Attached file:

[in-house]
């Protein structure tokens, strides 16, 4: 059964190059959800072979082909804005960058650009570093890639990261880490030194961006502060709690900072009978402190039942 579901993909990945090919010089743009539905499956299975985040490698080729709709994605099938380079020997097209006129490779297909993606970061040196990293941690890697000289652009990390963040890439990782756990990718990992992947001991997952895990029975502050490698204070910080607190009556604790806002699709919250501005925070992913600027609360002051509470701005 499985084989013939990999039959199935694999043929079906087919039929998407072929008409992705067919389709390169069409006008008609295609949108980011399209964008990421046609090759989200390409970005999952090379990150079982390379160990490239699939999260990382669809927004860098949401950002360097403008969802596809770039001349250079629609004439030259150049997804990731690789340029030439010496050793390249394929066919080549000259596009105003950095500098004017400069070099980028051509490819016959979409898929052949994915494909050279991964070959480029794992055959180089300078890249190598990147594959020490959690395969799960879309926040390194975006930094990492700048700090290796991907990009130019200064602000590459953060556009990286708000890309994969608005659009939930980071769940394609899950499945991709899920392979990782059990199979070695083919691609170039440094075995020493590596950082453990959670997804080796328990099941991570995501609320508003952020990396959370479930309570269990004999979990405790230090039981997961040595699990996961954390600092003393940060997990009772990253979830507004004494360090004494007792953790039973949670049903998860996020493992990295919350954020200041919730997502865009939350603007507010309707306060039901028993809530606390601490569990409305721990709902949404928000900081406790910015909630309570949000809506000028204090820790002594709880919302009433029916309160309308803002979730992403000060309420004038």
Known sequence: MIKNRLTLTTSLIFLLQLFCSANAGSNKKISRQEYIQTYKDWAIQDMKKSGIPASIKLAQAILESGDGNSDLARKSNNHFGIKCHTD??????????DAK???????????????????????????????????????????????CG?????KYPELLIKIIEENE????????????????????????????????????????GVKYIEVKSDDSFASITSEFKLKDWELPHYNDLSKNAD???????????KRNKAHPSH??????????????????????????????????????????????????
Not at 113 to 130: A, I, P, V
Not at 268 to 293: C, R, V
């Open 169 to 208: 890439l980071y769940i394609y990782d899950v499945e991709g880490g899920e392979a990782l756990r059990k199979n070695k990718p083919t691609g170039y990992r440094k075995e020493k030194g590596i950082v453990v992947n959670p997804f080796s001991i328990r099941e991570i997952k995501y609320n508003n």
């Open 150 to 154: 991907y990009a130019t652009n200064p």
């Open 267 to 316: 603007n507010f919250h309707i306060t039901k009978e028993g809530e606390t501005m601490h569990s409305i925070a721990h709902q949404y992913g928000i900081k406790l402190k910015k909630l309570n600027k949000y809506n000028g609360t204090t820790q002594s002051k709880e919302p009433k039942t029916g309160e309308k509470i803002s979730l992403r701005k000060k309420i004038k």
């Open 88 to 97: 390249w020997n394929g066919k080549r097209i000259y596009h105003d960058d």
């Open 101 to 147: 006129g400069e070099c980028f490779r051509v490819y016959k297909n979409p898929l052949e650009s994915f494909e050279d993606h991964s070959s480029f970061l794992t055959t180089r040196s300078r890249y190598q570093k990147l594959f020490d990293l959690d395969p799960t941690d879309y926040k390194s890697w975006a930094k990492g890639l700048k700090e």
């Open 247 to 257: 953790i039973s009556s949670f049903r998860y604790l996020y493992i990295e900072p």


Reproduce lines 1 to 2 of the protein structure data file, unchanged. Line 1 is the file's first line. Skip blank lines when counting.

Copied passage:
[in-house]
């Protein structure tokens, strides 16, 4: 059964190059959800072979082909804005960058650009570093890639990261880490030194961006502060709690900072009978402190039942 579901993909990945090919010089743009539905499956299975985040490698080729709709994605099938380079020997097209006129490779297909993606970061040196990293941690890697000289652009990390963040890439990782756990990718990992992947001991997952895990029975502050490698204070910080607190009556604790806002699709919250501005925070992913600027609360002051509470701005 499985084989013939990999039959199935694999043929079906087919039929998407072929008409992705067919389709390169069409006008008609295609949108980011399209964008990421046609090759989200390409970005999952090379990150079982390379160990490239699939999260990382669809927004860098949401950002360097403008969802596809770039001349250079629609004439030259150049997804990731690789340029030439010496050793390249394929066919080549000259596009105003950095500098004017400069070099980028051509490819016959979409898929052949994915494909050279991964070959480029794992055959180089300078890249190598990147594959020490959690395969799960879309926040390194975006930094990492700048700090290796991907990009130019200064602000590459953060556009990286708000890309994969608005659009939930980071769940394609899950499945991709899920392979990782059990199979070695083919691609170039440094075995020493590596950082453990959670997804080796328990099941991570995501609320508003952020990396959370479930309570269990004999979990405790230090039981997961040595699990996961954390600092003393940060997990009772990253979830507004004494360090004494007792953790039973949670049903998860996020493992990295919350954020200041919730997502865009939350603007507010309707306060039901028993809530606390601490569990409305721990709902949404928000900081406790910015909630309570949000809506000028204090820790002594709880919302009433029916309160309308803002979730992403000060309420004038």